Linked by Thom Holwerda on Fri 26th Sep 2014 05:00 UTC
Privacy, Security, Encryption

By now you may have heard about a new bug found in the Bash shell. And unless you're a programmer or security expert, you're probably wondering if you should really worry. The short answer is: Don't panic, but you should definitely learn more about it, because you may be in contact with vulnerable devices.

This bug, baptized "Shellshock" by Security Researchers, affects the Unix command shell "Bash," which happens to be one of the most common applications in those systems. That includes any machine running Mac OS X or Linux.

A very simple and straightforward explanation of this major new security issue. The OSNews servers were updated yesterday.

Thread beginning with comment 596971
To view parent comment, click here.
To read all comments associated with this story, please click here.
RE[2]: Routers
by snorkel2 on Fri 26th Sep 2014 16:56 UTC in reply to "RE: Routers"
snorkel2
Member since:
2007-03-06

The CGI scripts have to be written in bash or another language that spawns a bash shell.
They can't exploit this without a bash script already being present in the cgi-bin directory.
If they have already gained access to put a script in cgi-bin you have bigger problems.

They are making this into a bigger deal than it really is.

Reply Parent Score: 5

RE[3]: Routers
by Alfman on Fri 26th Sep 2014 18:03 in reply to "RE[2]: Routers"
Alfman Member since:
2011-01-28

snorkel2,

The CGI scripts have to be written in bash or another language that spawns a bash shell.
They can't exploit this without a bash script already being present in the cgi-bin directory.
If they have already gained access to put a script in cgi-bin you have bigger problems.

They are making this into a bigger deal than it really is.


It's not so simple. This was very poorly explained by the article, but it is a much bigger deal than some people realize.


Consider these two tests
env x='() { :;}; echo vulnerable' dash -c 'echo this is a test'
env x='() { :;}; echo vulnerable' bash -c 'echo this is a test'


The dash shell runs as expected.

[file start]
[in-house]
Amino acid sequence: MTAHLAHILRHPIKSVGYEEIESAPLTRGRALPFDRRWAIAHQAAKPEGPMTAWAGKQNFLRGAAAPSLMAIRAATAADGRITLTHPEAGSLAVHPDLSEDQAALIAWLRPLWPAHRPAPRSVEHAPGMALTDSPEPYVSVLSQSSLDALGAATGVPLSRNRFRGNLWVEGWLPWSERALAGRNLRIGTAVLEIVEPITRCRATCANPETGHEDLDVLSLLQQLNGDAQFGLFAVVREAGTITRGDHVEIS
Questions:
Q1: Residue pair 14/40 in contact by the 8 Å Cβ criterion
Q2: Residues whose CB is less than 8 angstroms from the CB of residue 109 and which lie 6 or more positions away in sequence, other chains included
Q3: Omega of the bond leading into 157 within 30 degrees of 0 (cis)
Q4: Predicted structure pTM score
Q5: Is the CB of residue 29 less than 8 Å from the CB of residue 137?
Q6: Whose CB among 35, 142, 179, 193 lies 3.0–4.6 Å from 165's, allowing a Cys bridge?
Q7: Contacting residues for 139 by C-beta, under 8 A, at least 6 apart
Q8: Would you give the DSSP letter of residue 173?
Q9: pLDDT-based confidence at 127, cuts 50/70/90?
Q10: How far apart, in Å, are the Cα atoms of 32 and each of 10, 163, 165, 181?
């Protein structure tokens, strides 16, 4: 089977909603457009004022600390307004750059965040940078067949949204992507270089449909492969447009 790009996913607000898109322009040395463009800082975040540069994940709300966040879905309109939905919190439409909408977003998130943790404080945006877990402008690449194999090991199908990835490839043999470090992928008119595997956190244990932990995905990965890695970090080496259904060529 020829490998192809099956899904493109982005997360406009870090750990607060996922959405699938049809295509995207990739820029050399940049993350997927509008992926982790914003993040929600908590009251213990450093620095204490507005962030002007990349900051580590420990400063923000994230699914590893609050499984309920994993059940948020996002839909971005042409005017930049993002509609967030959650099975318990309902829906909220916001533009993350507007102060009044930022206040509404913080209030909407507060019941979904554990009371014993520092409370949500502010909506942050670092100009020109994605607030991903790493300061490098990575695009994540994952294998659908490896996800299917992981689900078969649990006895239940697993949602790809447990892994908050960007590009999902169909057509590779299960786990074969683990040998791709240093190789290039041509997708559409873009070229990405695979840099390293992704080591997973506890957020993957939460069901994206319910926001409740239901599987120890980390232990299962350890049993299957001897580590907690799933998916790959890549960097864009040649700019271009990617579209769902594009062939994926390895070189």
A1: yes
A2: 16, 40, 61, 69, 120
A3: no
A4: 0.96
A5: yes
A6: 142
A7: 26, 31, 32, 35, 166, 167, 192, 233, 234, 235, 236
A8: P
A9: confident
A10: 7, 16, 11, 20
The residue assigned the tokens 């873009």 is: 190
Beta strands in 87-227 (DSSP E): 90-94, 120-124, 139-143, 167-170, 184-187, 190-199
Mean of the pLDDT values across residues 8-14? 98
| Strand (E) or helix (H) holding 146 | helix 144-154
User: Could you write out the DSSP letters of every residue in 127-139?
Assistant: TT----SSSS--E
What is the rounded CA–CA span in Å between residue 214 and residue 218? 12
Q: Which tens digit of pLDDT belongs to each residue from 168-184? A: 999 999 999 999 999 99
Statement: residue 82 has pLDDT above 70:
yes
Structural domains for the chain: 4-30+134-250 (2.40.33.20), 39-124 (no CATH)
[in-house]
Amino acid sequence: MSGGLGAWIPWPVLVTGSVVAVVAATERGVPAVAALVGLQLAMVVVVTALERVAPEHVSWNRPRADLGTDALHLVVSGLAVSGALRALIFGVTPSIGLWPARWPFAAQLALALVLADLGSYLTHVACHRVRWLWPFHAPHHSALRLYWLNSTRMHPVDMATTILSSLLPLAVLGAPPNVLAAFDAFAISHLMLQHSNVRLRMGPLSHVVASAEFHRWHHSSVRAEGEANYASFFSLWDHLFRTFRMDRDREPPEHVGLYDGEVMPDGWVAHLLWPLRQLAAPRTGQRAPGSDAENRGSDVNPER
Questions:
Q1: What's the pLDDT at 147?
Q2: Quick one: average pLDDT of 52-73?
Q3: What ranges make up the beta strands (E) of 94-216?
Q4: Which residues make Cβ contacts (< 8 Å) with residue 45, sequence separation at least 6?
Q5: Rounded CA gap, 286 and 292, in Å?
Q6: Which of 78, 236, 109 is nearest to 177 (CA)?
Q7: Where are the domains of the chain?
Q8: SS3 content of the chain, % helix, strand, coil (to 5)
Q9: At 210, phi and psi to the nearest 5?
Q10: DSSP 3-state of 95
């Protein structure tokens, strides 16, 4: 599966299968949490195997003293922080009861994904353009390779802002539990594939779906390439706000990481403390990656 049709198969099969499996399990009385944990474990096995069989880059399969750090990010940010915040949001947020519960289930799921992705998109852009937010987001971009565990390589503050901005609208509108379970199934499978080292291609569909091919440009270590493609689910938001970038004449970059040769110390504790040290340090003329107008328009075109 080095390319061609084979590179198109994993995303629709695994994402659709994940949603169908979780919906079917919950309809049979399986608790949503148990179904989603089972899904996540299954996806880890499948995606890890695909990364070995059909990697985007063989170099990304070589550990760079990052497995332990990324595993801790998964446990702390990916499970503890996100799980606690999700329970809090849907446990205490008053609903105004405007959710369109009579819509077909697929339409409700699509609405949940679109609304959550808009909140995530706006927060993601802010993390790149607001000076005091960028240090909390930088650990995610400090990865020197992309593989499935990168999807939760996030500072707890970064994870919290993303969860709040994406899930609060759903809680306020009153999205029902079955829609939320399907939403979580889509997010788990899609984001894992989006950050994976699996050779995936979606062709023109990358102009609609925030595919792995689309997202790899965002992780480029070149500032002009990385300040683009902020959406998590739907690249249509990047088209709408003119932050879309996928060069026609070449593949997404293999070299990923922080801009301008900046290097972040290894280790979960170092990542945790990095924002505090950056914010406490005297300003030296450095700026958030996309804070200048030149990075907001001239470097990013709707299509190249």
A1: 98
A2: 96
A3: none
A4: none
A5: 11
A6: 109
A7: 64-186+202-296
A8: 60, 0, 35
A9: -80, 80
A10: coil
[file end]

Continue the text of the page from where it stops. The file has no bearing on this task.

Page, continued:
However do to the bug in bash shell, it actually executes the contents of the 'x' environment variable. Note that it's often the case for remote users to have write access to the contents of environment variables by design (ie HTTP_USER_AGENT).


Before we write this off as an isolated problem to those who intentionally exposed bash shell via a CGI-like mechanism, we should be aware that libc can internally call upon the bash shell.

In gnu libc, system() -> __libc_system() -> do_system(). This executes /bin/sh, which on some distros points to bash. Therefor anything calling the stdlib "system()" call is potentially exposing this vulnerability!!

Does PHP use it? Apache? nginx? Mysql? imagemagik? postfix? exim? etc... Mind you I'm not asserting that any of these are necessarily vulnerable, only that they could be by inadvertently calling "system()" while using environment variables crafted by the attacker. Obviously the bug isn't in any of these programs, however the problem is they can potentially expose it by spawning innocent helper processes using the "system()" call.

Reply Parent Score: 5

RE[4]: Routers
by rhavenn on Fri 26th Sep 2014 18:54 in reply to "RE[3]: Routers"
rhavenn Member since:
2006-05-12

That's exactly what he said.

If you don't have a CGI script that's written in bash or have some PHP / Python / Ruby / whatever script that is spawning a bash shell then it's a not a problem. An external attacker isn't going to magically be able to spawn a bash shell.

The big ones are people who are using a cPanel / Plex like setup that don't know what's under the hood, but there is something there that is spawning a bash shell in a known location. Custom scripts, although still vulnerable, will take a bit more time for the hackers to find.

note: not saying cPanel / Plex are vulnerable, just using them as examples.

Reply Parent Score: 3

RE[4]: Routers
by snorkel2 on Fri 26th Sep 2014 19:53 in reply to "RE[3]: Routers"
snorkel2 Member since:
2007-03-06

It is that simple.
If you have a apache server and no CGI's that are written in bash, who does that anymore anyway? and you don't spawn a shell your pretty safe.

For example I have bash on my web server and I have several CGI's in python and I know for a fact they don't call popen or use a shell. I think I would be pretty safe even without a updated bash.

Also how would they set these environment vars? wouldn't they need access to the system to set them in the first place? Seems to me they would need to find a exploit to set the vars and if they where able to do that why would they need to use the bash bug?

Edited 2014-09-26 20:02 UTC

Reply Parent Score: 2

RE[4]: Routers
by Soulbender on Sat 27th Sep 2014 08:51 in reply to "RE[3]: Routers"
Soulbender Member since:
2005-08-18

Does PHP use it? Apache? nginx? Mysql? imagemagik? postfix? exim?


PHP yes, Apache, nginx and mysql I'd wager not. Imagemagick, postfix and exim (really dude? Exim?? :-P) probably does but for postfix and exim it might not be a problem unless they export tainted data as environment variables.

Reply Parent Score: 3